The neighborhood name “Wedgwood” is the legacy of 1940s developer Albert Balch. As more houses were built and the neighborhood grew in the busy post-World-War-Two period, businesses began naming themselves Wedgwood. Soon Wedgwood became the accepted name for the entire area, not just the sections of houses that Balch had built. Prior to the Balch era, the neighborhood had sometimes been known as “Morningside” because of promotion by a 1920s real estate development company.
As a neighborhood name, “Morningside” was often used until Albert Balch’s 1940s Wedgwood development gained greater renown and came into popular usage. Prior to 1920 a church group called Morningside Sunday School Union was started as an extension of First Presbyterian Church in downtown Seattle. The Morningside Sunday School met in a one-room building on the northwest corner of NE 92nd Street & 27th Ave NE (present site of houses 2548 and 2558 NE 92nd Street.) By the 1940s the church was called Morningside Branch Presbyterian. They met in a partially-completed building at 95th & 35th, present site of Northeast Veterinary Hospital. The church renamed itself Wedgwood Presbyterian just before the congregation moved to a new building at 8008 35th Ave NE, its present location.
Morningside Market at 9118 35th Ave NE, built in 1926, is the only neighborhood business which has kept the Morningside name continuously since the 1920s, but ironically, the store, which is on the east side of 35th Ave NE, is not actually in the Morningside Heights plat. The Morningside Heights plat is on the west side of 35th Ave NE: from NE 90th to 95th Streets, 25th to 35th Avenues NE. In 1994 a mixed-use building with ground level retail stores and upper level apartments was built at 9425 35th Ave NE. Named Morningside Heights, it is the only commercial building to be named for the plat, within the plat.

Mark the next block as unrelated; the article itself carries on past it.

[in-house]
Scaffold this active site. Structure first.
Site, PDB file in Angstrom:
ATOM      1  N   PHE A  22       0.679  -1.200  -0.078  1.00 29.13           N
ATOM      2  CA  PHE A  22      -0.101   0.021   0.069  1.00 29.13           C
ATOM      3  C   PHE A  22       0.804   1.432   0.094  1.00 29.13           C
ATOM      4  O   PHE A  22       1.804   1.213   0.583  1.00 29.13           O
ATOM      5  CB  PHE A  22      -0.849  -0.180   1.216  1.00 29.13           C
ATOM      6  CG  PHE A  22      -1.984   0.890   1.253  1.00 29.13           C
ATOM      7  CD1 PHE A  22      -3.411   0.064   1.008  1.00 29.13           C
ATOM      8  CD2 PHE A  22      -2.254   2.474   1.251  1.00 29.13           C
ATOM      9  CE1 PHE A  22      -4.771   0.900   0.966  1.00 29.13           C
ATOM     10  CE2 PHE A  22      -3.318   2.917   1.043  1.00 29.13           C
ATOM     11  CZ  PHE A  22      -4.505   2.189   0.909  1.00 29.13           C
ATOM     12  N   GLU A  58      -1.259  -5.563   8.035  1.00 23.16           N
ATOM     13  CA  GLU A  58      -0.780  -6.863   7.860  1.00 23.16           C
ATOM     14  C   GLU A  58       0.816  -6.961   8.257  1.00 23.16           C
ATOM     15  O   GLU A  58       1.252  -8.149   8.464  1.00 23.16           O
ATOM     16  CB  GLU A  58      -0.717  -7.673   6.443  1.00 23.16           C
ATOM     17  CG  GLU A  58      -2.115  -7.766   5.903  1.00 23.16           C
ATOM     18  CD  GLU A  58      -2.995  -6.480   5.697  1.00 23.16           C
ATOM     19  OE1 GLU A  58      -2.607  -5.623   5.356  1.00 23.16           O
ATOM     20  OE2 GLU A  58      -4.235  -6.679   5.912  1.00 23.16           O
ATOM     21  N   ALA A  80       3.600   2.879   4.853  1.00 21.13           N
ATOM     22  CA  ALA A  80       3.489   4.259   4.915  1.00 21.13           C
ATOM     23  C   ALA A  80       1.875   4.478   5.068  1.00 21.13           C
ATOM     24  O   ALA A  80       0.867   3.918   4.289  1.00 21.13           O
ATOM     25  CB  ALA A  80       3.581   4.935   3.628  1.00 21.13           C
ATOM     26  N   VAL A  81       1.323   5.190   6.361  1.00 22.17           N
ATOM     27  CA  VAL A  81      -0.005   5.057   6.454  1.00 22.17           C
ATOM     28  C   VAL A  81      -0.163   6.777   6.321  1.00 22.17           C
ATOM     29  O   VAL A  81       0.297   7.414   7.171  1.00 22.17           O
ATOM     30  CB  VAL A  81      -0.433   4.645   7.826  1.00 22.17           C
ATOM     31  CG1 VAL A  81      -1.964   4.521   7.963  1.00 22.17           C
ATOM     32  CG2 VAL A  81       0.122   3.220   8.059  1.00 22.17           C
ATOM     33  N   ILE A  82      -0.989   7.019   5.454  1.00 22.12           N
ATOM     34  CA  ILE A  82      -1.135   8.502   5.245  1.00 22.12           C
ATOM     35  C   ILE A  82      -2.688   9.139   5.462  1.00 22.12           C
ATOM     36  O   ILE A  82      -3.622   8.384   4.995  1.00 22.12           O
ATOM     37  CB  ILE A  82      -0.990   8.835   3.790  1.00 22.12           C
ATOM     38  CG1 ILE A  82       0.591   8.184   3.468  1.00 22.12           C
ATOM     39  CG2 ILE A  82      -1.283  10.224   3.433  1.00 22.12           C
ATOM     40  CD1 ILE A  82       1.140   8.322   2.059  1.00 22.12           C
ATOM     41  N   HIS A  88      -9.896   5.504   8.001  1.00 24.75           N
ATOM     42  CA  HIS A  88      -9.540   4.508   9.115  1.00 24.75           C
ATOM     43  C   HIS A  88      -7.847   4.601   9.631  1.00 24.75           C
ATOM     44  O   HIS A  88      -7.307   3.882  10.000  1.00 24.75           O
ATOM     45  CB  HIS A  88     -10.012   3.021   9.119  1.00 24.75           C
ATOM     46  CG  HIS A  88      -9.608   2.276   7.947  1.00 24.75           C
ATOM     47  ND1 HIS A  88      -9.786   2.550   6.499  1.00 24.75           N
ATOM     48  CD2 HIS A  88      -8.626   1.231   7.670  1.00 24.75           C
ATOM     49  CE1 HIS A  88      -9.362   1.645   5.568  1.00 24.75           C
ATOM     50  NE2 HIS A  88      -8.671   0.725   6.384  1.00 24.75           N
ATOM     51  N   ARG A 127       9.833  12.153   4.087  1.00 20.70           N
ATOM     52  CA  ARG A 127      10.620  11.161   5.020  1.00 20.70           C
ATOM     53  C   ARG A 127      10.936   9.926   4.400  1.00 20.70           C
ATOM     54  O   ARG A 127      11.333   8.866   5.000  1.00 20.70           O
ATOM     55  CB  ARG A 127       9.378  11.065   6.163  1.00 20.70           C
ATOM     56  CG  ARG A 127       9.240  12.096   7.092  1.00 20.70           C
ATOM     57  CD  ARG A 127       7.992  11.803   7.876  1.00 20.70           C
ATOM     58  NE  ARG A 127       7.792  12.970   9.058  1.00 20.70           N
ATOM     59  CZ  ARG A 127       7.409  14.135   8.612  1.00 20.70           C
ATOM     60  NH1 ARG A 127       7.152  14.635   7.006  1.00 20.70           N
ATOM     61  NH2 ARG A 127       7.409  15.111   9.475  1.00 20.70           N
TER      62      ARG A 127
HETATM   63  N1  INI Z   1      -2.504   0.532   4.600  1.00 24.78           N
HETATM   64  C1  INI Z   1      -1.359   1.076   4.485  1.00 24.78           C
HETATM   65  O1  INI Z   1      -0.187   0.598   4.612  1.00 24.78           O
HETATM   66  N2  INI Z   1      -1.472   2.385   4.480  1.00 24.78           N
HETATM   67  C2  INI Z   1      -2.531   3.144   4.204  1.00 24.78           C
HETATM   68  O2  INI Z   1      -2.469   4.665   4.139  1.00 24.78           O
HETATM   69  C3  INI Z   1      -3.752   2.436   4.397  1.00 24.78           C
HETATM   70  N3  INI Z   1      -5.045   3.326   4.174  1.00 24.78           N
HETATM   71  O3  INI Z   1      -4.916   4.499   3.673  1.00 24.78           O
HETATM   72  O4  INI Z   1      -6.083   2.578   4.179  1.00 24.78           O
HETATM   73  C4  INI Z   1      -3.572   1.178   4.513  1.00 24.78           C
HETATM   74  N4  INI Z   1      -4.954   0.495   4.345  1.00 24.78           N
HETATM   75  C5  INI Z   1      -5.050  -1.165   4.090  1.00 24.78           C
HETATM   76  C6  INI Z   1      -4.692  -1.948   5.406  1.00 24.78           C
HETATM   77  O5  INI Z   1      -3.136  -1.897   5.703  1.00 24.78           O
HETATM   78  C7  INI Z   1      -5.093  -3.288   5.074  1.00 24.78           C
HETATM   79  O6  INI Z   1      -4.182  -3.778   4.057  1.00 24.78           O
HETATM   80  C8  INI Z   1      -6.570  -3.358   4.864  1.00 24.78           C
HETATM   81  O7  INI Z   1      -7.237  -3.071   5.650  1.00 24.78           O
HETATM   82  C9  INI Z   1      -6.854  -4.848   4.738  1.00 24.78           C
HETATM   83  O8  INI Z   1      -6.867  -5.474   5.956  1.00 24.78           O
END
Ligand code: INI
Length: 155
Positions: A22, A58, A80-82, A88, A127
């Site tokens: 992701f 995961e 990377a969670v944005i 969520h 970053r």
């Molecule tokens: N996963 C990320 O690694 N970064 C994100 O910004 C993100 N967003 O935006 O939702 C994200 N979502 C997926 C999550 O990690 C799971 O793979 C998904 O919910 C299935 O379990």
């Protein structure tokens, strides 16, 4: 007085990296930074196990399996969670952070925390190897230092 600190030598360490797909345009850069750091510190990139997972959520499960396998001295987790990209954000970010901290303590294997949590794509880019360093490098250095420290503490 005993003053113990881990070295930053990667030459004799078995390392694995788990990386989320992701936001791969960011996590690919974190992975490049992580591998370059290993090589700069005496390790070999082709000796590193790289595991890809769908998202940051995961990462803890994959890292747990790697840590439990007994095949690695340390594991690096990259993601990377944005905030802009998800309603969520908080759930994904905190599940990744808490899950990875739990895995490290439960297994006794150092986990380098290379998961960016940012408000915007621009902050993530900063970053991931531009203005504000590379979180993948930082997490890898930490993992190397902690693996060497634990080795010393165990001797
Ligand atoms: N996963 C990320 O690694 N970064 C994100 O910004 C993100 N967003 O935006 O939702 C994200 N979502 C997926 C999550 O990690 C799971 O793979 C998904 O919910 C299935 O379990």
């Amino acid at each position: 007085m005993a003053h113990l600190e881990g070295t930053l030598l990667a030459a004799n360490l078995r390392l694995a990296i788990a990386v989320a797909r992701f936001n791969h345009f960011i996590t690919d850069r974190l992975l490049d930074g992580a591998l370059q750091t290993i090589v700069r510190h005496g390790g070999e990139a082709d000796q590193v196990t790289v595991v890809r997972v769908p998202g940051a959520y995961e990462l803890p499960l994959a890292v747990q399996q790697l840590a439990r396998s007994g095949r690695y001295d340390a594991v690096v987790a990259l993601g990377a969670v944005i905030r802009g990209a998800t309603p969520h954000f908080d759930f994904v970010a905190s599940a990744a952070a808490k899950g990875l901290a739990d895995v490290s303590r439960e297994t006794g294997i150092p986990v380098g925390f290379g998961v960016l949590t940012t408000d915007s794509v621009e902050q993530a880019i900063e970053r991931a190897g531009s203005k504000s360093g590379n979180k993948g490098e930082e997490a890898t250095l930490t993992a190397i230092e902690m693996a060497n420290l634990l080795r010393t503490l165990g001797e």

In contrast with other residential neighborhoods of Seattle such as Fremont and Green Lake, the Wedgwood area was slow to develop. One of the reasons was its distance from the downtown core. Because of distance, terrain, and sparse settlement, streetcar service never reached northeast Seattle and Wedgwood did not get water and electric utilities until the 1920s. Wedgwood was quite rural and was outside the city limits until after World War Two. Slow development meant that early in the twentieth century, some real estate speculators invested in land in Wedgwood but found it difficult to sell lots for houses.
In 1907 the McLaughlin Realty Company tried to develop land from NE 85th to 90th Streets on the west side of 35th Ave NE, but the lots didn’t sell very fast. The McLaughlins had gambled on water and electric utilities coming to Wedgwood more quickly because of the Alaska-Yukon-Pacific Exposition (AYPE), a world’s fair held on the campus of Seattle’s University of Washington in 1909. The University District received utilities and street upgrades in advance of the AYPE, but the civic makeover didn’t extend out as far as Wedgwood. In 1917, after twelve years in Seattle, McLaughlin Realty closed down their operations and left town.
The Morningside Heights plat was filed in 1913 by Burwell & Morford, Inc., a real estate and mortgage company. They had bought the land some years before filing the plat, and then waited for the right time to begin developing it. The company was well-capitalized and very diversified: they had several lines of business, including insurance. Burwell & Morford were also owners of retail businesses such as the Seattle Hardware store at First & King Streets, downtown. They could afford to buy land in outlying areas and wait for it to increase in value, which is what they did with their Morningside Heights plat; they held most of the property and waited for future development.
Seth Morford, one of the founders and officers of the company, had come to Seattle as a teenager with his parents. He was a high school student on the day of Seattle’s Great Fire, June 6, 1889, and he had been one of those who participated in that day’s dramatic efforts to carry furniture and other property from endangered buildings. The next year, 1890, Morford was in the very first class of high school graduates in Seattle. Throughout his long career in real estate Seth Morford was revered as “one of the pioneers” and this helped his business, as people admired and had confidence in him. He symbolized stability and success through the ups and downs of Seattle history, with booms and busts in the economy.